In my second lift, I added weight and hit all my reps no problem. Even though I added weight, I don’t feel that I gained any strength on the deadlift from using the Smith machine. Prior to my month of only using a Smith, I did feel I could go up on the deadlift, but this is a lift where I purposely increase the weight slowly as to avoid injury. Perhaps I gained a little strength here, but it’s hard to judge.
Because I had to use less weight than normal while deadlifting in the Smith, I expected my strength on the deadlift to go down, so I am happy to have at least maintained my strength.
After using the Smith machine for an entire month I can definitely see the value it provides. In the Smith you can add weight and reps, which can really help with hypertrophy and breaking a plateau.
I also wanted to note that contrary to popular belief, I don’t think the Smith machine should be used by novice lifters. Because more experienced lifters have built up their stabilizer muscles, they can incorporate the Smith machine to help hit some big muscle groups harder. New lifters should focus on free-weights and strengthen their stabilizers.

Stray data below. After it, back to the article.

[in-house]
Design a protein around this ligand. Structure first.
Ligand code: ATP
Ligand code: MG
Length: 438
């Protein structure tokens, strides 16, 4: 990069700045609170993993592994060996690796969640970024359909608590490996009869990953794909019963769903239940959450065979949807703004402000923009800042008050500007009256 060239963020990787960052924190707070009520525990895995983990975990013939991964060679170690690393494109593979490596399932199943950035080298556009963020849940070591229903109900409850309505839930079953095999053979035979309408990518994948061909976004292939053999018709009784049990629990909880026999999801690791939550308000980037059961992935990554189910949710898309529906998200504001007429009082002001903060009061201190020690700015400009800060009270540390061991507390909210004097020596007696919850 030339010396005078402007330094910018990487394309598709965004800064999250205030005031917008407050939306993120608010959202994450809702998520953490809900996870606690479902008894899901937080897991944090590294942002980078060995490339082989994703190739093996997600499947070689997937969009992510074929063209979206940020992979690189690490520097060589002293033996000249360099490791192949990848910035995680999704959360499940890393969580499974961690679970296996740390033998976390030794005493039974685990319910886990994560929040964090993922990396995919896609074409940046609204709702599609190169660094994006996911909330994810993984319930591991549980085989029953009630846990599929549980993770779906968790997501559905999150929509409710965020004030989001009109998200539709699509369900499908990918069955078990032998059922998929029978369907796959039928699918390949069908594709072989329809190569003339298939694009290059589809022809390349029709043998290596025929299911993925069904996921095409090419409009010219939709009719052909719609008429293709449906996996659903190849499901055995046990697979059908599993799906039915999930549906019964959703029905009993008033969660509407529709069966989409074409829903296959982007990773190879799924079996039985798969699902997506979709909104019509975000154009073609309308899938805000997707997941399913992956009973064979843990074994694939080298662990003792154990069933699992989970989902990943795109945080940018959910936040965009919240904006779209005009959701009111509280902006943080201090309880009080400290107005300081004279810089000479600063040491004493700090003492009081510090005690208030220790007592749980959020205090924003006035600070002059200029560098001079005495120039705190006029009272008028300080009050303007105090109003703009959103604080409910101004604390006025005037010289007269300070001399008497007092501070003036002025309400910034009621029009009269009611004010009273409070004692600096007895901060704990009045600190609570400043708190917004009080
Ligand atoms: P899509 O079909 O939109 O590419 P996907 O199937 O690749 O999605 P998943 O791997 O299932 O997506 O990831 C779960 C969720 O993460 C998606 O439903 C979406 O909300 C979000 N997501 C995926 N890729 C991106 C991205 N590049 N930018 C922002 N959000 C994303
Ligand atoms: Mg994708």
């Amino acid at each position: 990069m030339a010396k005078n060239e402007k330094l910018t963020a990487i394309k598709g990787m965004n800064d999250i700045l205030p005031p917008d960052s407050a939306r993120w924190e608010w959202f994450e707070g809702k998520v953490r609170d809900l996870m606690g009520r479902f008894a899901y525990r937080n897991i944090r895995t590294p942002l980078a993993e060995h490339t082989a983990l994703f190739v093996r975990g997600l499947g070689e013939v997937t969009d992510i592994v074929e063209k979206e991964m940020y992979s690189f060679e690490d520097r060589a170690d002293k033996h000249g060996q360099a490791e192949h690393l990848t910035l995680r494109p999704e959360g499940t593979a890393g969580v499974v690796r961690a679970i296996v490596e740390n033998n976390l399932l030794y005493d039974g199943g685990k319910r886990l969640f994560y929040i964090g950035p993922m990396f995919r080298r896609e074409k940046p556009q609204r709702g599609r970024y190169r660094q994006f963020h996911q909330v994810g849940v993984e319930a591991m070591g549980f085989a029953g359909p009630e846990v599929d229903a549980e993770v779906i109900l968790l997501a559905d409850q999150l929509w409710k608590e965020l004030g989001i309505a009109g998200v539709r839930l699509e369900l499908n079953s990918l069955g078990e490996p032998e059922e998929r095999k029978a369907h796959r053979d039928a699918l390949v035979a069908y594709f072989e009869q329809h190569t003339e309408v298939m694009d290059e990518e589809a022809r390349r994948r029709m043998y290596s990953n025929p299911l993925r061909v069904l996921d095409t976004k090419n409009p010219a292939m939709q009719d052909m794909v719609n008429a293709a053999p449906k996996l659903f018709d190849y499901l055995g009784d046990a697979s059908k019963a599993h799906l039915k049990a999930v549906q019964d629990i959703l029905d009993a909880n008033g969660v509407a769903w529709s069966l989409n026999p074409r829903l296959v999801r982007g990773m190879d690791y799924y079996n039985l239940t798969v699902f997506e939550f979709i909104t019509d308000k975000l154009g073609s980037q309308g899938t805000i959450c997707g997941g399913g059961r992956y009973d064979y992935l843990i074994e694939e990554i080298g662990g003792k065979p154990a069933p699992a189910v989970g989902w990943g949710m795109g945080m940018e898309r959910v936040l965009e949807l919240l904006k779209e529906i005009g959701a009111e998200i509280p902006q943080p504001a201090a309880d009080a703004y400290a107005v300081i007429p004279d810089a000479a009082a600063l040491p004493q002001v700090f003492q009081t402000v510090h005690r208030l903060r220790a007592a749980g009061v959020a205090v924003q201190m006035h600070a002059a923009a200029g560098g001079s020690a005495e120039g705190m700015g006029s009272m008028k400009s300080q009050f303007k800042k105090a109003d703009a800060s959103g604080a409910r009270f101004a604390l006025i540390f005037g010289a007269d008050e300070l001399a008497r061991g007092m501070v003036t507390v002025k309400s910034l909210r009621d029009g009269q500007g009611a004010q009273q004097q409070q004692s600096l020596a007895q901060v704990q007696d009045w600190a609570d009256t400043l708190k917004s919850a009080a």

Moving forward, I will avoid using the Smith machine for squat because of the pressure it puts on my knees. I would advise other tall lifters to be cautious if thinking of using the Smith for squat.
Because of my improvements on the bench and Pendlay row, I may perform these lifts in the Smith from time to time. Although I did see an increase in strength on these lifts, I feel that if I only used a Smith for too long I would lose too much strength in my stabilizer muscles.
Overall, I am very pleased with the results as they exceeded my expectations.
Looking for a simple, effective, time-efficient lifting routine? Check out my three-day-per-week program: